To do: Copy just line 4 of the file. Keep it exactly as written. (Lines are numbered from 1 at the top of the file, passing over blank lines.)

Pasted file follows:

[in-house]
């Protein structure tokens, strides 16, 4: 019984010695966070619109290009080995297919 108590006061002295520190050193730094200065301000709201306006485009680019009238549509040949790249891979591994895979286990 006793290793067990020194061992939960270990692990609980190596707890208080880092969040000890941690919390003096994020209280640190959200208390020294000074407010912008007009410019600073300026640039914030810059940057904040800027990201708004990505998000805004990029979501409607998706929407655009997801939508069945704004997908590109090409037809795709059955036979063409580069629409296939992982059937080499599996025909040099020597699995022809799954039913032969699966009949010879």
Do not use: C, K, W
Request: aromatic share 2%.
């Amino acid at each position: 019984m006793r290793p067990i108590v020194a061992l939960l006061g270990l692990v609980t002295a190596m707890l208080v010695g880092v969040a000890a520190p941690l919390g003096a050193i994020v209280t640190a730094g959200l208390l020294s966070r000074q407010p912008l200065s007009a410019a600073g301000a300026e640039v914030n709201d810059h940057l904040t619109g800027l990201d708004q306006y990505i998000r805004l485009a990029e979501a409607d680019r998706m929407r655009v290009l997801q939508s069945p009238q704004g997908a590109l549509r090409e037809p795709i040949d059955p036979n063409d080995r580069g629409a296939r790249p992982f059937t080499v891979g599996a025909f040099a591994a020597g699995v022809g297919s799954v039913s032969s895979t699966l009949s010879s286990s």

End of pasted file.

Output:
Request: aromatic share 2%.